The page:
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Ronda Rousey: If She Hadn’t Had a Concussion at 6, Things Would Have Been Different

Ronda Rousey She has been very outspoken about her concussion history since she began her writing career.

The former Ultimate Fighting Championship (UFC) and World Wrestling Entertainment (WWE) champion has seemingly left her competitive days behind her for good. Of course, you can never say never in combat sports or professional wrestling, but Rousey has already been focusing a lot on her writing in the past year.

Rousey, 37, is back in the media spotlight for several promotional tours ahead of the release of her latest memoir. Our struggleIn these appearances, Rousey revealed her recurring problems with knockouts and concussions, which led to her retirement after her first and only defeat in mixed martial arts (MMA). Holly Holm And Amanda NunesBut for Rousey, these were actually lifelong issues.

“If concussions weren’t an issue, it would be completely different,” Rousey told CBS Sports. “Cumulative neurological injury is something people don’t talk about in MMA. It’s something everyone deals with at a different pace. I started dealing with it at age six. I started getting concussions much earlier in swimming. Two kids swimming backstroke cracked their heads or hit the wall in the backstroke.

“I started doing judo at a young age and I had concussions regularly, several times a year, and I wasn’t allowed to talk about it or say anything about it,” he continued. “As a fighter, you’re not supposed to show any weakness or talk about that kind of thing or the inevitable neurological decline that comes with taking headshots. A lot of people talk about it as if it’s an excuse or a weakness.”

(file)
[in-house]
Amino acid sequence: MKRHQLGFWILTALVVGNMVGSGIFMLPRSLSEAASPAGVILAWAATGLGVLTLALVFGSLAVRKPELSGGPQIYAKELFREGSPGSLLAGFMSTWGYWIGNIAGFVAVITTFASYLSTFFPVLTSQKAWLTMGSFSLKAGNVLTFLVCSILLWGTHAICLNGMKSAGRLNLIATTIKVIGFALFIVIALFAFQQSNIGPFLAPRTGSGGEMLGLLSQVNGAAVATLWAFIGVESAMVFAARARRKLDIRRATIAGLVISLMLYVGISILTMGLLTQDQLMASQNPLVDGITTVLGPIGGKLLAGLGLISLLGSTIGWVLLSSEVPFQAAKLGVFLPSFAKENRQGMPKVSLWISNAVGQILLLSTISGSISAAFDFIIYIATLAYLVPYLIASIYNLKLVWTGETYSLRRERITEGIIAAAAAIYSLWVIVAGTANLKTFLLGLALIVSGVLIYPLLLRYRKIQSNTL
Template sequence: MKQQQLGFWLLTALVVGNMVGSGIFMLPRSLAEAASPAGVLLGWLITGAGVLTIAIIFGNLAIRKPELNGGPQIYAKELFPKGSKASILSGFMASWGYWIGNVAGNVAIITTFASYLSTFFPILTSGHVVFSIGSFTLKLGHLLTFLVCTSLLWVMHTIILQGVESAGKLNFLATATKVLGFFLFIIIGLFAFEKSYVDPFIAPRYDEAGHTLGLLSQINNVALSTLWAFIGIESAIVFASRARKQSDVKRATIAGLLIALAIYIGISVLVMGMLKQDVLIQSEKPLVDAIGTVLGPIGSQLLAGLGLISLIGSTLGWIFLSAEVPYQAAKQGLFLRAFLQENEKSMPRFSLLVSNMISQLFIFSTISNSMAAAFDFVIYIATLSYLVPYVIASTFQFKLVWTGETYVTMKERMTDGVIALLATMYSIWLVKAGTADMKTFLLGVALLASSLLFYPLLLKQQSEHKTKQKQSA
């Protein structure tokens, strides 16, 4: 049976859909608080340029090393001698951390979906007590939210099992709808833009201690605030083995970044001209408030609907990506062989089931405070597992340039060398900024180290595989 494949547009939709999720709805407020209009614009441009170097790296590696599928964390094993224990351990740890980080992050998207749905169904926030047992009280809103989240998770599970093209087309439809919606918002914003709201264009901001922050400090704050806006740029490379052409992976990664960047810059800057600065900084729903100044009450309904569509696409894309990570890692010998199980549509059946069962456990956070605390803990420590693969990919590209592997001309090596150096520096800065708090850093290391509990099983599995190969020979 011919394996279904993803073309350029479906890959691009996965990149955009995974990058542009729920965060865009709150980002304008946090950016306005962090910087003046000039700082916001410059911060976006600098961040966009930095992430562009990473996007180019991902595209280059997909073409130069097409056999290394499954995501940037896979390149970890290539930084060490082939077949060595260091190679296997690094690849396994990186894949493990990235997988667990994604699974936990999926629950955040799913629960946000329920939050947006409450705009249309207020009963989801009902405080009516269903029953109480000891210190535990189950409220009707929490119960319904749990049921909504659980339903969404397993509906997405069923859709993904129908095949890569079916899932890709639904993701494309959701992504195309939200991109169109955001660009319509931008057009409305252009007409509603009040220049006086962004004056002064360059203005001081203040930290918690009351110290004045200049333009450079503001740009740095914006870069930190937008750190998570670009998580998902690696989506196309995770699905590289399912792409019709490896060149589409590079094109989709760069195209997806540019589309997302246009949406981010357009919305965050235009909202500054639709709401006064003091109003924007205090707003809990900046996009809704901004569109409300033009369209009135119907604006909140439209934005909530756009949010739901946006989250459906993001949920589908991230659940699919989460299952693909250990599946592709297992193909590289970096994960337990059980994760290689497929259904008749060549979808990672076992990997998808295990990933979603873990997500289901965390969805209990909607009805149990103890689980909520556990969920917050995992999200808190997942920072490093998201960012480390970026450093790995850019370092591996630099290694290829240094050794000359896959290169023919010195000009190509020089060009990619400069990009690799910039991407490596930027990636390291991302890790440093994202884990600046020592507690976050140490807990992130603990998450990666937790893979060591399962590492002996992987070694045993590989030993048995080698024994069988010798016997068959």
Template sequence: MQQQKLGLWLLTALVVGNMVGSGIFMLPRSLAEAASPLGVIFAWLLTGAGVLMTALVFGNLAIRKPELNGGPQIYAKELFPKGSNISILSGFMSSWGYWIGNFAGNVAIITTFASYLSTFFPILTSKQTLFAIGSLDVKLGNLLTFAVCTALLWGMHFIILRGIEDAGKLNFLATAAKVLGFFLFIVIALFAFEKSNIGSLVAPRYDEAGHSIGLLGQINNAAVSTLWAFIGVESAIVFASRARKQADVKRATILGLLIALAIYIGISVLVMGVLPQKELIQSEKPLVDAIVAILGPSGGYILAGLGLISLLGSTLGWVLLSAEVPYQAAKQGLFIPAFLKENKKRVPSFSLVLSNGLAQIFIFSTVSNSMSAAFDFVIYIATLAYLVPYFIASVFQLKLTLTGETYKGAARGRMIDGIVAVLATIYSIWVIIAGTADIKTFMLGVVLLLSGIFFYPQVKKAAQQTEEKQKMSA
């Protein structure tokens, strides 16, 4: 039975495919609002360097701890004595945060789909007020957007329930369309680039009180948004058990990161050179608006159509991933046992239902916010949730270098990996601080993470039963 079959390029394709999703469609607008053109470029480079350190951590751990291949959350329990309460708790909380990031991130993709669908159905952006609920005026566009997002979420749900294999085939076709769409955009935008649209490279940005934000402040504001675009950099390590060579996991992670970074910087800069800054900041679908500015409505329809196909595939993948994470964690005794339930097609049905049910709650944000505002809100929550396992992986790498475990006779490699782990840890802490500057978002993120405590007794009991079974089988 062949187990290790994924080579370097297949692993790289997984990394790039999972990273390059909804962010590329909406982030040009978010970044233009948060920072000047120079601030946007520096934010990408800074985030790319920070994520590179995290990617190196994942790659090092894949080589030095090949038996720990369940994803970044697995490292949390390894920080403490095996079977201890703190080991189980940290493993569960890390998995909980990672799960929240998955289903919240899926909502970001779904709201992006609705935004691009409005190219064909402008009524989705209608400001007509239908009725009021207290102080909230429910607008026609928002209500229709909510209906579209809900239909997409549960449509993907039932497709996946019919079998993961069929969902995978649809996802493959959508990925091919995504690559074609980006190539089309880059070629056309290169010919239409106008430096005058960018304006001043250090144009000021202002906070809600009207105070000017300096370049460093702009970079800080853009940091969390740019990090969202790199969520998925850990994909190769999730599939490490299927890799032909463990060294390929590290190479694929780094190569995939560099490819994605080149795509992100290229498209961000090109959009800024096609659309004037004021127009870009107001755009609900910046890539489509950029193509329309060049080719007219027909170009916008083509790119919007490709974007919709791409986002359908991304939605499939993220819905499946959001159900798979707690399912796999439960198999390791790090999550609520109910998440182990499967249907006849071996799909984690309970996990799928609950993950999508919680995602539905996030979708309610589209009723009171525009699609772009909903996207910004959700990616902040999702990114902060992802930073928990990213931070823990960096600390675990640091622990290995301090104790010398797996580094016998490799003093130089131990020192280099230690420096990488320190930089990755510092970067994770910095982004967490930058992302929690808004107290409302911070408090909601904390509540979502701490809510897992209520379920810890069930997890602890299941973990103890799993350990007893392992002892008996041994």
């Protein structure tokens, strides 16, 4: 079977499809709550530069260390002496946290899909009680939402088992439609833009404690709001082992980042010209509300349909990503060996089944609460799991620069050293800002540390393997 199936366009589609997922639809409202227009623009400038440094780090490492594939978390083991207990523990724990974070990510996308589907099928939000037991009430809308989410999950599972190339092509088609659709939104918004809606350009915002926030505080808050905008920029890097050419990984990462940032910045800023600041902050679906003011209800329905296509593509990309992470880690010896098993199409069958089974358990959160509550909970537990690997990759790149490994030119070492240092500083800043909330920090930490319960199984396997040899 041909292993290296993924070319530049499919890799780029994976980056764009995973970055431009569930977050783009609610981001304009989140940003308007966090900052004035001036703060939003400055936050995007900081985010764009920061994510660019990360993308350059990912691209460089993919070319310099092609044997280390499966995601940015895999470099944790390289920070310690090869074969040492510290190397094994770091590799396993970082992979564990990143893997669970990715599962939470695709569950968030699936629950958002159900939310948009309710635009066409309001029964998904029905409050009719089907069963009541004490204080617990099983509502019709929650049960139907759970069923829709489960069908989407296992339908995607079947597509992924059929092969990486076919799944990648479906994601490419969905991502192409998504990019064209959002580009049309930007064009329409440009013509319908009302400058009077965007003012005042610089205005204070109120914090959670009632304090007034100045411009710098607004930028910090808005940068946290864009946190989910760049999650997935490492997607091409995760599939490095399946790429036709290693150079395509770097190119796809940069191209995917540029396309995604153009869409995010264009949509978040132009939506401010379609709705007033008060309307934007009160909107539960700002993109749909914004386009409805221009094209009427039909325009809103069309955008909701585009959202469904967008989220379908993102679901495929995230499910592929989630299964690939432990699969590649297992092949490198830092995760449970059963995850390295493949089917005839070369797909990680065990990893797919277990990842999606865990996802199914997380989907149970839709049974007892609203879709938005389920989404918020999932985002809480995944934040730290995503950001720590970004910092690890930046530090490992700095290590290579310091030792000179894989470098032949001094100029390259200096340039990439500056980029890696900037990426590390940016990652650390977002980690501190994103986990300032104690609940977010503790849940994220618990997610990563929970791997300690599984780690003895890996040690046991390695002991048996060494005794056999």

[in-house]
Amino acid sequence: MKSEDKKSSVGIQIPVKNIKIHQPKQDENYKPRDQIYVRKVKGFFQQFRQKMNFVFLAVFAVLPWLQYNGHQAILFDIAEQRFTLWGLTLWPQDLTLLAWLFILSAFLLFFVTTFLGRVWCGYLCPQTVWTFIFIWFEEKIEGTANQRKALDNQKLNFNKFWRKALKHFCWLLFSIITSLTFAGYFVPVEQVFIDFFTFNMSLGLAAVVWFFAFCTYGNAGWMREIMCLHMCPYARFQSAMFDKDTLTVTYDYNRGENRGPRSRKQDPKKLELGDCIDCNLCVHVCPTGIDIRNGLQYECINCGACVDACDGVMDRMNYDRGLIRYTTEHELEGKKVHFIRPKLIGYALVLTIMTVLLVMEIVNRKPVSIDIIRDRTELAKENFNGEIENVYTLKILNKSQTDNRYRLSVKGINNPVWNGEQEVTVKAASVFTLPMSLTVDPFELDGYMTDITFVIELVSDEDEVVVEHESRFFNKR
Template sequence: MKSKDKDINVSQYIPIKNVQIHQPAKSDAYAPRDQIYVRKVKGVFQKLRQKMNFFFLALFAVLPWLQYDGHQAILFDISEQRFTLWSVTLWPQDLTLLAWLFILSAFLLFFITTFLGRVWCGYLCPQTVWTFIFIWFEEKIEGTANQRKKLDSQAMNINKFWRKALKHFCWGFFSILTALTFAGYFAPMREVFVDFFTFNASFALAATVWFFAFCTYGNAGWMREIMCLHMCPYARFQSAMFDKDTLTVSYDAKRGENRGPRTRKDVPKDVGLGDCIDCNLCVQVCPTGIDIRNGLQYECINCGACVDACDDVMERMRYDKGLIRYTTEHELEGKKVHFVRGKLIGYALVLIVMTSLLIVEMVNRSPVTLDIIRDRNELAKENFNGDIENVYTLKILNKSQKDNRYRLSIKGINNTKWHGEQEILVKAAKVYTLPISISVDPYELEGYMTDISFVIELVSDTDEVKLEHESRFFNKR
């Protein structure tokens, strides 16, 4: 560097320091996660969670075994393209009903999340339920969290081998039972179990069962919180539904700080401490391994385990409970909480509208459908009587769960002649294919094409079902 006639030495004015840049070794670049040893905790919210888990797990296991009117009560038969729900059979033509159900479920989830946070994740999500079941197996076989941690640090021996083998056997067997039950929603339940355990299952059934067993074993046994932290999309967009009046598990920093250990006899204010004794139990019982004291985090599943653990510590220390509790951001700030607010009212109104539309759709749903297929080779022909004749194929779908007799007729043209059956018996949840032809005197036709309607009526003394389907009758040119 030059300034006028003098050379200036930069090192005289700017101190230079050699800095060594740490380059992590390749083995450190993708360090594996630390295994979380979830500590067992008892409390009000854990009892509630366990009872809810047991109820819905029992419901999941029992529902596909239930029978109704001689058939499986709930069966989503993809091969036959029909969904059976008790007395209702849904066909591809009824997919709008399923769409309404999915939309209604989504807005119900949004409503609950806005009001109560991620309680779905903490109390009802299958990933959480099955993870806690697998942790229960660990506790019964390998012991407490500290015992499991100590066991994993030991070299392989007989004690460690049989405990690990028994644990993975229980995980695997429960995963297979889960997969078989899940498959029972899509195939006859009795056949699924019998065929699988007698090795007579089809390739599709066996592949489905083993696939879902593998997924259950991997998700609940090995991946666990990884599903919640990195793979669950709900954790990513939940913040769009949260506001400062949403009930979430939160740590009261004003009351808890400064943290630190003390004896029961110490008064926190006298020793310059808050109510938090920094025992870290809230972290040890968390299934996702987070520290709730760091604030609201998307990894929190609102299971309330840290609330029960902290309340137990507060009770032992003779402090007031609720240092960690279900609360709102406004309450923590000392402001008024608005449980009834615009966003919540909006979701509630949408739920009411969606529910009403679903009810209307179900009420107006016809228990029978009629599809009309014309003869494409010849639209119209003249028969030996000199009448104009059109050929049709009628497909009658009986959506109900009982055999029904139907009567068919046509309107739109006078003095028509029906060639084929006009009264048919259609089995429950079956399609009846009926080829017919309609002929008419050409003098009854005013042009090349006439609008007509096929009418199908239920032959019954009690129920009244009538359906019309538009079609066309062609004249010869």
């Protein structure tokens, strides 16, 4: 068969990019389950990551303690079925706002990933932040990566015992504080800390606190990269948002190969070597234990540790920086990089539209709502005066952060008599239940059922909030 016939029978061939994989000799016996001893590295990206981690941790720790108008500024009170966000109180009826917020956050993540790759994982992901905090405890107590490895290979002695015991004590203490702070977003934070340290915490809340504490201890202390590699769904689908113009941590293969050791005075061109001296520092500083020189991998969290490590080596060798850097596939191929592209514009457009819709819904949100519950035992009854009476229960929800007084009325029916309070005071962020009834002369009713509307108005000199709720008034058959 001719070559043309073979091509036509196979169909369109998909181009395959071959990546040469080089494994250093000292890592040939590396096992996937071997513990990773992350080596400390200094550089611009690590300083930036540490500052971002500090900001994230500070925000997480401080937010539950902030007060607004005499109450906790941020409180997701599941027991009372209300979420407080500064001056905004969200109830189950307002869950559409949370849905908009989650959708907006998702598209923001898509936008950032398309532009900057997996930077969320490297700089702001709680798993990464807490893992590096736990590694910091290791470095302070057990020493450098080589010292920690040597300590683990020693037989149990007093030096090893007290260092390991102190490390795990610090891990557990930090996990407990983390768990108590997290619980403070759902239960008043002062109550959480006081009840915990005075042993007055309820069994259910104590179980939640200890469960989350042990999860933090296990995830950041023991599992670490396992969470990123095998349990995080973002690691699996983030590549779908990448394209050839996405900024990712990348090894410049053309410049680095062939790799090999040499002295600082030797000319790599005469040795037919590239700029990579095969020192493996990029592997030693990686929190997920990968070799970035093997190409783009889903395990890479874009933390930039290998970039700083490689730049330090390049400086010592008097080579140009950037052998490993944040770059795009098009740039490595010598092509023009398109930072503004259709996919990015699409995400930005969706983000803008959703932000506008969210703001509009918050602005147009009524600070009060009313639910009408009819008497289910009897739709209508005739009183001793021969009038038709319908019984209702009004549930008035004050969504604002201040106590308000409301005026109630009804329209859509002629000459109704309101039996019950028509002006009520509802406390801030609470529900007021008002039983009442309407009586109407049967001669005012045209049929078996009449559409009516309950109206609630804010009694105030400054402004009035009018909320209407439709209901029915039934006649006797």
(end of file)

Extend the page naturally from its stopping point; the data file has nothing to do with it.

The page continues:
Rousey retired from MMA in early 2017 following her 48-second defeat to Nunes at UFC 207 in December 2016. Despite having a solid career in WWE since then, Rousey knew she couldn’t stay in the sport she made her name in even if she wanted to.

“I have a whole list of things to think about in my life, and you’ll know decades down the road when you’ve taken one too many hits,” Rousey said. “But I don’t think I’m serving the sport or the division in the right way if I stay too long. I’ve literally gotten to the point where I know I can’t continue to take these headbutts and compete at the same level. It doesn’t do the sport any good. It gives a bad image to women’s MMA in general. I’m a representative of that sport.”